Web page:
TACOMA, Wash — Hundreds of paraeducators in Tacoma Public Schools who work closely with special needs students will lose their jobs or face reductions in hours, as the district expects fewer students on campuses in the fall.
Officials with the Tacoma district said the staffing changes are necessary as the district moves toward a new model that emphasizes distance learning during the coronavirus pandemic.
“The number of kids in the classroom at various times will be much smaller and not require the assistance of a paraeducator,” said district spokesman Dan Voelpel.
As a result, Voelpel said the district will lay off 104 paraeducators and cut hours for more than 300 others.
Jazmyn Daniels is a paraeducator who works with special needs children between the ages of 3 and 5 at Fernhill Elementary School. Daniels said she was devastated to learn that the school board approved the layoffs.
“They are elected to speak for us, and they completely ignored not only parents, but staff and legislators.”
Voelpel said the district will set aside paraeducator funding and will consider rehiring staff in the future, but Daniels said she and other paraeducators will likely have moved on by then.
“I’m going back to school,” Daniels said. “I’m not doing this. I thought Tacoma was a good district. It’s not.”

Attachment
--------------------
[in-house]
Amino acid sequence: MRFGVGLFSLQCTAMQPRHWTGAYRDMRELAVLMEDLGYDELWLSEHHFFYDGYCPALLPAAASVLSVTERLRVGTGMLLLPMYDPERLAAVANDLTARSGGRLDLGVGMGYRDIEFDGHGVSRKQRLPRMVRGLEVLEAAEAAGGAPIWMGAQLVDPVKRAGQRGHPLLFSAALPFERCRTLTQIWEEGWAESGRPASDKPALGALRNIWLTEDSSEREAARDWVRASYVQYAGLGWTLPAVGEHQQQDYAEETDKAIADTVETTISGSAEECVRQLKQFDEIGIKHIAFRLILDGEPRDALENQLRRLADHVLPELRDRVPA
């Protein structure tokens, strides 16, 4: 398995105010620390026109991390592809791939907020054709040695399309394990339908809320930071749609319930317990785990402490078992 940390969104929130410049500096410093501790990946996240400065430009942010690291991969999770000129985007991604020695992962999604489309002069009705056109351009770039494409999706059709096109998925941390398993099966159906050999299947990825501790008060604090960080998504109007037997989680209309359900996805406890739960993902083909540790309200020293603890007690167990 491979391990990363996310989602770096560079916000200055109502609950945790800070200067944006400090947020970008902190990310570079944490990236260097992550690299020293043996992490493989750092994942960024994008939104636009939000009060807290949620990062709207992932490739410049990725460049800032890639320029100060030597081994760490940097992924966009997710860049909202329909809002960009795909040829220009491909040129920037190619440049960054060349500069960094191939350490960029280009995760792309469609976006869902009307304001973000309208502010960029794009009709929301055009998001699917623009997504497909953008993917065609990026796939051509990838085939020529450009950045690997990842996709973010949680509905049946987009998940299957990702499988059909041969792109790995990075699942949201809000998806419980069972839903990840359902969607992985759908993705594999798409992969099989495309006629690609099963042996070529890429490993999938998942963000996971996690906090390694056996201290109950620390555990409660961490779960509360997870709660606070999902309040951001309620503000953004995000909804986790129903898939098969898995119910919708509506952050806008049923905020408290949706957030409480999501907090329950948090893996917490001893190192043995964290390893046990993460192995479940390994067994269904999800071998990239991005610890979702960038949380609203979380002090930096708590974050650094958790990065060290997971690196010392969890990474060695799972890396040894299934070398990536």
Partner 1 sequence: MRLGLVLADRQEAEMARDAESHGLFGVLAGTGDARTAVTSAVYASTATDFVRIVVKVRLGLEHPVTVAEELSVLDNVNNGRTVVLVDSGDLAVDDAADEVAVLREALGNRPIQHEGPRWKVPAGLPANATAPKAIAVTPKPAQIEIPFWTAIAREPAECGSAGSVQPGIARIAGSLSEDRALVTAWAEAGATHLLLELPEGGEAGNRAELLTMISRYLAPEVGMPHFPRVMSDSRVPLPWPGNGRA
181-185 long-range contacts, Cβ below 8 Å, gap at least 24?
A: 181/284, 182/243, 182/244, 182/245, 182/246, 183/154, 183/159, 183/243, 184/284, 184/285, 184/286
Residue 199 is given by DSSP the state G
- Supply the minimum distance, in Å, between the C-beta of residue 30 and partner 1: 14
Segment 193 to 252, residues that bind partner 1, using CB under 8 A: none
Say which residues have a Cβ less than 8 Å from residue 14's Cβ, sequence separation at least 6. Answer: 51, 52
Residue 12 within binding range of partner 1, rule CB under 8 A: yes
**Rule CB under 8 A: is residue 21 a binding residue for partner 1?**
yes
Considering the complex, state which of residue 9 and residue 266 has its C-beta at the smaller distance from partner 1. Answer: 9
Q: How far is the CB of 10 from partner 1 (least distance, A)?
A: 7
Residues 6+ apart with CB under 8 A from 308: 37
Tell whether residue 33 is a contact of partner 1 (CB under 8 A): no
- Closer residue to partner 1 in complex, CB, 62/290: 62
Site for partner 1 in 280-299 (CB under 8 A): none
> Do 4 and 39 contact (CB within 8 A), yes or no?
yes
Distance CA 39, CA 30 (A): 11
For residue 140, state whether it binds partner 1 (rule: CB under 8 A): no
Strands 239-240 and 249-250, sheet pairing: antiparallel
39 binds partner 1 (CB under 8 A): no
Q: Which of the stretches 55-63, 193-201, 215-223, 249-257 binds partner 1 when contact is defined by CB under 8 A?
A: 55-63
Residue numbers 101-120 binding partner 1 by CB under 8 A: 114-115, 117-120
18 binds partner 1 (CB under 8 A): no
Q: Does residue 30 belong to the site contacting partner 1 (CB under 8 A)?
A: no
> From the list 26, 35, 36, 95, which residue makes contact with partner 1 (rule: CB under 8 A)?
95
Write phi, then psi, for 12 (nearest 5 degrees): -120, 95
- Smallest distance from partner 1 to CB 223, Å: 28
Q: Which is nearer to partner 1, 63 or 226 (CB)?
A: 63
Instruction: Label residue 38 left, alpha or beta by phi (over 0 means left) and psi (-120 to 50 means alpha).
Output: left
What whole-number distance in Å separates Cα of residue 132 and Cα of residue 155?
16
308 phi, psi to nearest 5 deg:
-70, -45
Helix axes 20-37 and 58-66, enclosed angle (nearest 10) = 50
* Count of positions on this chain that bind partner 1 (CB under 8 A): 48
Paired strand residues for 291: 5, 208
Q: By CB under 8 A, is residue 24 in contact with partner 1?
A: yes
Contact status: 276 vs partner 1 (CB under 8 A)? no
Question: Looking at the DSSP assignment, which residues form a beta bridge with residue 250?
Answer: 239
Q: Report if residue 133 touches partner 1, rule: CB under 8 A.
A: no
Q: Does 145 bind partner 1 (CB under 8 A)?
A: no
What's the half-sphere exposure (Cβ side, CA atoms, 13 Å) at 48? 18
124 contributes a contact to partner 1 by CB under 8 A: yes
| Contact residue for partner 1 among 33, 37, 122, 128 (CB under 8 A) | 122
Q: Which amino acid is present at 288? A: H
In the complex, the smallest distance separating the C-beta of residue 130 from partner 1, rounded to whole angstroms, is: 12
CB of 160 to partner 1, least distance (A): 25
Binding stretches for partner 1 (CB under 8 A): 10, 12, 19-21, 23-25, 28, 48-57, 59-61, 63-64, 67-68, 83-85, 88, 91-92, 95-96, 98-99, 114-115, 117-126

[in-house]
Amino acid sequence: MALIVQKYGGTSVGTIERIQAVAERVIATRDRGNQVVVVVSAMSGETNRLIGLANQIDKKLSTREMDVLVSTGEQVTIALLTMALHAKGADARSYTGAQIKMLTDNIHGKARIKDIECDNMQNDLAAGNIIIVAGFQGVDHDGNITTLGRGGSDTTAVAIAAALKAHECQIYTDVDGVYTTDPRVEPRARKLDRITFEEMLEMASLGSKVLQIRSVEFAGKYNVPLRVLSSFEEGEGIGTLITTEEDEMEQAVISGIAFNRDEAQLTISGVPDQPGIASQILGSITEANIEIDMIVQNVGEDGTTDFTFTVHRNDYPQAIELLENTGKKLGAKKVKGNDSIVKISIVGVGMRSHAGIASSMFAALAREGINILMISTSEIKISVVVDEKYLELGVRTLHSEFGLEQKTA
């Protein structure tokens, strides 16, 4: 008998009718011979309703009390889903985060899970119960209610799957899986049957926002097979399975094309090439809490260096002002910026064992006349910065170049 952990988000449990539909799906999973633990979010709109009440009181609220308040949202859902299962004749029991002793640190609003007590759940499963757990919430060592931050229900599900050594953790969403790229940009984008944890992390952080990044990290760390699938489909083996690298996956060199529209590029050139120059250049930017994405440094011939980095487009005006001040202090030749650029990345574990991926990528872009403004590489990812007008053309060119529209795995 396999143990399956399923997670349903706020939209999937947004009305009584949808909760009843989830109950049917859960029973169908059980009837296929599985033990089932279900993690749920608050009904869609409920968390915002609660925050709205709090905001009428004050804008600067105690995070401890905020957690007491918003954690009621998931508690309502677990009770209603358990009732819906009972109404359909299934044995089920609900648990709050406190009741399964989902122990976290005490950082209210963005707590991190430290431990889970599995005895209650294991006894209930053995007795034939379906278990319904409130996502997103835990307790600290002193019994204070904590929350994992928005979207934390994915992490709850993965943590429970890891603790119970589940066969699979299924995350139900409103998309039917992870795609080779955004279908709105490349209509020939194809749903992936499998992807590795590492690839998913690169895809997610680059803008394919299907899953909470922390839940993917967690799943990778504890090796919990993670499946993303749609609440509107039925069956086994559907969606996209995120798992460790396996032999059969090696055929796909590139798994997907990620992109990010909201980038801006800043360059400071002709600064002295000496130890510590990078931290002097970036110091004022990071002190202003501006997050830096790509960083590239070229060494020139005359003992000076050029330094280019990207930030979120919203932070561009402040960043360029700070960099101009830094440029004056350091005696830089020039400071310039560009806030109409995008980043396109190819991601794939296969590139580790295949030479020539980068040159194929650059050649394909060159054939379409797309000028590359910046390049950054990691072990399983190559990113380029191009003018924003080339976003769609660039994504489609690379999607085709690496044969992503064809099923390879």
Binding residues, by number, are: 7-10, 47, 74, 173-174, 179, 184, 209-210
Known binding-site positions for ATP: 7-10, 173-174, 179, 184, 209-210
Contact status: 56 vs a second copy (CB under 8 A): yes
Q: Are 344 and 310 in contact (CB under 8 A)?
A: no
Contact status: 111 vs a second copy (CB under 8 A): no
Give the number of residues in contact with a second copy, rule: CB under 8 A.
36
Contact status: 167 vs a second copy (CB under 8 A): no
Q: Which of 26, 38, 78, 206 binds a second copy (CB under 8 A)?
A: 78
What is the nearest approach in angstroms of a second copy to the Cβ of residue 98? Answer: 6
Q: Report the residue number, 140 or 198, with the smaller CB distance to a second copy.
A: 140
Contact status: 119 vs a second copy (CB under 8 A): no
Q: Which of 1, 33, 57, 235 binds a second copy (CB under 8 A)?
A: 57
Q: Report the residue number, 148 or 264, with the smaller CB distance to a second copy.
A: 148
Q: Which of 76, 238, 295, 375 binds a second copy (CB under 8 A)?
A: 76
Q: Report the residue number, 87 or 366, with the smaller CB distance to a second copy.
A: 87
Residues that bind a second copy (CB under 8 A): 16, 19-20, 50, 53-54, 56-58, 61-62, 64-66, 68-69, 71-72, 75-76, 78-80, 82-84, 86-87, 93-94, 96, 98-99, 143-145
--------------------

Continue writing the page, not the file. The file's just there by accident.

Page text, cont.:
Voelpel said the board understands that it risks losing some paraeducators for good.
“We’re prepared to deal with that,” he said. “It’s an unfortunate byproduct of the pandemic and what the demands of the new school models are.”
Katie Young, a Tacoma parent with two special needs children, said she is concerned that her children will bear the brunt of the board’s decision.
“I worry that that is going to further stunt that development,” said Young.
Parents who streamed the school board meeting Tuesday night said they were not only upset at the layoffs but that a vote to increase the salary of superintendent Carla Santorno by 3% also rubbed them the wrong way.
As of 2018, Santorno’s annual salary was more than $290,000.
“It was a gut punch,” said paraeducator Rhonda Stinson, who said the district will cut her hours and, consequently, her health benefits.
“It was very disrespectful,” Daniels said.
But Voelpel said the superintendent’s salary and the paraeducator cuts are unrelated and emphasized that the changes are necessary because of the pandemic, not because of budgetary shortfalls.
Voelpel said nearly every school district employee would receive a salary increase in the coming year and pointed out that paraeducators received a 24% salary boost two years ago. Voelpel also said the superintendent had foregone salary increases over the past two years.
“Our superintendent is the longest-tenured superintendent with the most experience of any of the large districts of Washington,” he said.
Voelpel declined to make the superintendent available for an interview but provided a KING 5 reporter contact information for school board president Scott Heinz.
Daniels said the paraeducators’ union is prepared to continue fighting the cuts.
“Maybe we just need to take it to the public and the staff and say ‘Do we have confidence in the superintendent? Do we have confidence in our board?’” she said. “This isn’t over. It’s just begun.”